Detroit IndyCar: Ericsson claims first win after Power restart heartbreak

Marcus Ericsson claimed his first IndyCar victory in a twice red-flagged opening race at Detroit, as long-time leader Will Power was cruelly denied his first win of the year.

Detroit IndyCar: Ericsson claims first win after Power restart heartbreak

Romain Grosjean’s late crash at Turn 9 produced the second red flag with five laps remaining, with Power seemingly set to beat Ericsson and claim his first victory of the season – two weeks after a disappointing Indianapolis 500.

But as the engines were started back up again ahead of the restart, Power’s was unable to fire up which left him stranded in pitlane and snatch victory away from the Australian.

Ericsson, having been chasing Power throughout the final pair of stints, assumed the lead and the Chip Ganassi Racing executed a perfect restart to streak clear of the chasing duo of Rinus VeeKay and Pato O’Ward.

Converting his 15th-place grid slot into victory, this was Ericsson’s first race win since the 2013 GP2 feature race at the Nurburgring.

The race was first paused after a horror crash for Felix Rosenqvist at Turn 6, and the red flag was flown on lap 28 after the Arrow McLaren SP driver had a stuck throttle and hit the tyre barrier straight on.

The Swede had to be extricated from the car and was thankfully conscious, while the barriers had to be repaired as the concrete blocks were knocked back in the impact.

Rosenqvist was taken to the in-field care unit by the Detroit medical team for preliminary checks, before being moved to hospital for further evaluation.

Once the race was restarted under yellow flag, the yet-to-pit runners peeled in after the first lap under the pace car – elevating Power into the lead ahead of Ericsson.

Will Power, Team Penske Chevrolet

Will Power, Team Penske Chevrolet

Photo by: Barry Cantrell / Motorsport Images

Power was then under pressure from Ericsson, who in turn had VeeKay on his tail after the Dutch driver had overcome Takuma Sato – and the three were separated by a second until Penske driver Power found enough pace to start building a lead.

The leading pair then pitted at the end of lap 48, Power managing to crack open the gap to Ericsson slightly, but Penske team-mate Josef Newgarden – looking to get ahead and chase Santino Ferrucci ahead prior to their own stops – put a robust pass on Power at Turn 5.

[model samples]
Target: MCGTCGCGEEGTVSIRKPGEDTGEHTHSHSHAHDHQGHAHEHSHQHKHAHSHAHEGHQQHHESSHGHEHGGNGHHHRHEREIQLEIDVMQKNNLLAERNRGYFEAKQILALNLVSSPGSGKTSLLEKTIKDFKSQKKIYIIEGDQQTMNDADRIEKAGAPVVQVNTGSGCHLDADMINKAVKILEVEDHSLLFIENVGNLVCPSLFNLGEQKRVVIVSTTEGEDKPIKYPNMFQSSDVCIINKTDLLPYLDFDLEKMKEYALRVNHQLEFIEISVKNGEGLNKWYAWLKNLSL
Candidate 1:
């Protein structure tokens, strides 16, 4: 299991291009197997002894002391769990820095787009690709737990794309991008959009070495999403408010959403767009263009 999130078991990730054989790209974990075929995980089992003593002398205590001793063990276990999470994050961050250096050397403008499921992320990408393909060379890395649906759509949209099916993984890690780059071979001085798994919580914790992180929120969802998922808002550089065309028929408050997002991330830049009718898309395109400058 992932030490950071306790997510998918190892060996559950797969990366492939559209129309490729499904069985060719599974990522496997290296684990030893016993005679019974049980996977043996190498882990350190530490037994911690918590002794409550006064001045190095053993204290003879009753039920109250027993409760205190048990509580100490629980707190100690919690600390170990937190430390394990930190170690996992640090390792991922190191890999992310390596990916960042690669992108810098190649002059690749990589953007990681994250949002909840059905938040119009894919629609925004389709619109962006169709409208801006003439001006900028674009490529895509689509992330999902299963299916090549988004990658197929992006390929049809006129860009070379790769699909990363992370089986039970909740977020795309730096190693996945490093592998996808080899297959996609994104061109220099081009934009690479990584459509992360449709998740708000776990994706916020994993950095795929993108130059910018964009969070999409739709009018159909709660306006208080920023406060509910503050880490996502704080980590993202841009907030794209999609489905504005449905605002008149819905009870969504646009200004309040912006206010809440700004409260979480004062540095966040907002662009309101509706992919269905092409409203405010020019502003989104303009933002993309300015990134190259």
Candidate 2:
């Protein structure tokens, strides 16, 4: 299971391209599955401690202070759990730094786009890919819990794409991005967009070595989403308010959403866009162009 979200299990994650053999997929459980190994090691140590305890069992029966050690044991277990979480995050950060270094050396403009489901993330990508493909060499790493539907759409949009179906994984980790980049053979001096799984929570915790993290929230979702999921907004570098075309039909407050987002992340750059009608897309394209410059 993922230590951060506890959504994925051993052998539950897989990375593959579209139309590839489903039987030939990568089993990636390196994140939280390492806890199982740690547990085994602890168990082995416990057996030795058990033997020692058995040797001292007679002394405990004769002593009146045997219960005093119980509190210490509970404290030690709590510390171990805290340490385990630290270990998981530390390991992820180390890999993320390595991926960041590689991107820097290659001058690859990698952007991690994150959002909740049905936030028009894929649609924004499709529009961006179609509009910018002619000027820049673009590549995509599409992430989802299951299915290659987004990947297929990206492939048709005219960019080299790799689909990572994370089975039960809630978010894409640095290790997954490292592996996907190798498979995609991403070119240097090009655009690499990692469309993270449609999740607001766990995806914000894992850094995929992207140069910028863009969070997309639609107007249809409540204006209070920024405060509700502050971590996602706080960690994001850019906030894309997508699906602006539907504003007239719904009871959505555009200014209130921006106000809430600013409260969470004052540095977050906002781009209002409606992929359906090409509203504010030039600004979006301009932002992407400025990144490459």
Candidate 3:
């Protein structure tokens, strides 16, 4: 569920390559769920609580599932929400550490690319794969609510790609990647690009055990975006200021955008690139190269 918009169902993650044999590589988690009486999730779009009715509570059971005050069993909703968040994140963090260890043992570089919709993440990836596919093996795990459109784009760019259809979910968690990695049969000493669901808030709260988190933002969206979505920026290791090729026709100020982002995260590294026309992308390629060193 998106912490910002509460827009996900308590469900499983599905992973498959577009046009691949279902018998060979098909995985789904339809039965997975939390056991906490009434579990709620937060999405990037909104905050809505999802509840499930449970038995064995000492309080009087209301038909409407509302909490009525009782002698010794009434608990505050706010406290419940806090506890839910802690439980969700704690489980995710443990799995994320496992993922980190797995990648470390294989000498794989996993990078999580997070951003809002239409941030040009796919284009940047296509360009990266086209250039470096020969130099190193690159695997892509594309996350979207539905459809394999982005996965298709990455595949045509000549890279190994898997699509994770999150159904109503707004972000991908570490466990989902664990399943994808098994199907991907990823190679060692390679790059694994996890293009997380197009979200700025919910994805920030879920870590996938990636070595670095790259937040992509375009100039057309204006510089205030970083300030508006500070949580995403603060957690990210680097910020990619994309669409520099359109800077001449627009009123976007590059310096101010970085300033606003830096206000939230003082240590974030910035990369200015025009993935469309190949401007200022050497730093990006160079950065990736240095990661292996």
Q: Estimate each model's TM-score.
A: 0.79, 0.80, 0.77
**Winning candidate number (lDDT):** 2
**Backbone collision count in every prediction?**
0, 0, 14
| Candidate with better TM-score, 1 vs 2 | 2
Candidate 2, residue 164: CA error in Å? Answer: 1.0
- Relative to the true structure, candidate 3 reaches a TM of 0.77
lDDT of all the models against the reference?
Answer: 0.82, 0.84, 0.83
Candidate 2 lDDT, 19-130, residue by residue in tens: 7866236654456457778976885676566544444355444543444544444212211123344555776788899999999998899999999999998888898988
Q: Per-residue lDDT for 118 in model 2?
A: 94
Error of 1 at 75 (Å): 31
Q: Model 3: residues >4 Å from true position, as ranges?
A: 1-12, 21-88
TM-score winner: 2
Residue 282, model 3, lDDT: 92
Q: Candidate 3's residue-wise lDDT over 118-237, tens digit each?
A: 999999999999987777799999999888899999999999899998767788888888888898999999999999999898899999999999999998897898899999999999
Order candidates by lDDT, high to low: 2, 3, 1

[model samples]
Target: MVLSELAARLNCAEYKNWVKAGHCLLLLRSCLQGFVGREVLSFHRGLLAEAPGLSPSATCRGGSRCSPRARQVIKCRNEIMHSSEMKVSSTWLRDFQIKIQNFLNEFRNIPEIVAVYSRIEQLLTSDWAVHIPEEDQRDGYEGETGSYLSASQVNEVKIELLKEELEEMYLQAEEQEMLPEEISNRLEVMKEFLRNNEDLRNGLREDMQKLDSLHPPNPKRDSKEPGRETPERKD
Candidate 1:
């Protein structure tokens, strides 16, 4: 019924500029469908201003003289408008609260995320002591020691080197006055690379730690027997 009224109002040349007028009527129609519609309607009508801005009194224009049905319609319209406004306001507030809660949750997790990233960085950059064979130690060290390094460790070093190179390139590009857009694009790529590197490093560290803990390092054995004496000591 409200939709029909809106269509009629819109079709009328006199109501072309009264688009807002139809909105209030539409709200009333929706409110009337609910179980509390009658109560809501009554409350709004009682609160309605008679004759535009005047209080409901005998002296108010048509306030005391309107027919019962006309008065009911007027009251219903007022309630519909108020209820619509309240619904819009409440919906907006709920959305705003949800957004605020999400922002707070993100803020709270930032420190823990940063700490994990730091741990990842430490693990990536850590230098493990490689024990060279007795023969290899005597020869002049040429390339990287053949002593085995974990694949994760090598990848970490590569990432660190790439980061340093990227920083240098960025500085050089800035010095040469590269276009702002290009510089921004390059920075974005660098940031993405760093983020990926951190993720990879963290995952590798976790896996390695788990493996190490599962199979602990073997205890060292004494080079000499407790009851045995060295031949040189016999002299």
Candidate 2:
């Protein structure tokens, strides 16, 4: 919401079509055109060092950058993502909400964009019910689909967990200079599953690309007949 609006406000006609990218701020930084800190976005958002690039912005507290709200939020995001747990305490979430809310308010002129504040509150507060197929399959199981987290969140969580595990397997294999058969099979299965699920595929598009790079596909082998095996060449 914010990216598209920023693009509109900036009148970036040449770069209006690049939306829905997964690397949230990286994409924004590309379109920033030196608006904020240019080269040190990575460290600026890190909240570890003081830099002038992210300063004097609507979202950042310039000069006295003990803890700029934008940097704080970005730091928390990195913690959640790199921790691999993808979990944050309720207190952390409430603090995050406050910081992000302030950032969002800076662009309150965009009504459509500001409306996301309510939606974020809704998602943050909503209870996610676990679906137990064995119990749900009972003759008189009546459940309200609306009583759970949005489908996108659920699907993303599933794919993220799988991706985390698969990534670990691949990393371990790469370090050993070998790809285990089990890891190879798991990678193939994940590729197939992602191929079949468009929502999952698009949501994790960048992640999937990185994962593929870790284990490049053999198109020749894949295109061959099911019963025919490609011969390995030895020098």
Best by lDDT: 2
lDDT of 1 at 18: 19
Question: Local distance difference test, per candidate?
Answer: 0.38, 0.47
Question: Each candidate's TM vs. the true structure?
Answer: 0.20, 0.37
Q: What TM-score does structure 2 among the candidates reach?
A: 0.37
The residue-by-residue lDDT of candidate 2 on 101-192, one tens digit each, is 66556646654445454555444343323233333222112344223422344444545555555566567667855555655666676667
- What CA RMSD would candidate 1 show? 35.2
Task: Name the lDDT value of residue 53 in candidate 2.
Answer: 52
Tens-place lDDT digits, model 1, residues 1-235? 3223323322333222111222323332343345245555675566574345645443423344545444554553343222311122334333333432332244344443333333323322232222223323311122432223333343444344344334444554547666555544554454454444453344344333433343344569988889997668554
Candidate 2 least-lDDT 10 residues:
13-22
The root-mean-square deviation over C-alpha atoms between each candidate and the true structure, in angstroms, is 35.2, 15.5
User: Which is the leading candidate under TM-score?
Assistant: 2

This brought Ericsson further into play, and the ex-Caterham and Sauber Formula 1 driver managed to wind Power in and sit within a second of the Chevrolet-powered car prior to the final red flag.

With the cars brought to the pitlane, Power asked for his mechanics to bring a fan to the car having been worried that the electronics would overheat – but his request was in vain as his car could not fire up in time for the restart, and he was eventually classified 20th.

VeeKay, having been passed by Sato two laps before the final red flag was waved, repassed the Japanese driver to get up to second – and was followed through by O’Ward moments later to set up a thrilling scrap for second.

But despite O’Ward’s best efforts in the final collection of corners, VeeKay held on to secure the runner-up spot on track, crossing the line just under 0.2s ahead of the Mexican driver.

Rinus VeeKay, Ed Carpenter Racing Chevrolet

Rinus VeeKay, Ed Carpenter Racing Chevrolet

Photo by: Barry Cantrell / Motorsport Images

Sato led home a trio of Rahal Letterman Lanigan cars, who all began the race well outside the top 10, but made use of the stop-start nature of the race to move up the order.

Graham Rahal, who started 20th on the harder tyres on an alternate strategy, finished fifth, as Santino Ferrucci’s robust passes on Simon Pagenaud and Ed Jones late on in the race helped the part-time driver secure sixth place.

Alexander Rossi was in among the early contenders for victory, fighting with O’Ward in the opening laps for the lead, and although the Andretti driver made good headway rising through the pack after his early pitstop to ditch the soft tyres, he could only manage seventh.

Scott Dixon claimed eighth, also running the alternative strategy, finishing ahead of Jones - who had fallen down the order having taken to the restart in sixth.

After losing his rear-left wheel following his first pitstop, Newgarden put in a valiant drive to recover from the back. Making use of the wavearound, the two-time IndyCar champion managed to rescue 10th, ahead of Sebastien Bourdais and Pagenaud, whose nose was put out of joint by Ferrucci’s tactile pass late on.

IndyCar Detroit Grand Prix - Race 1 Results

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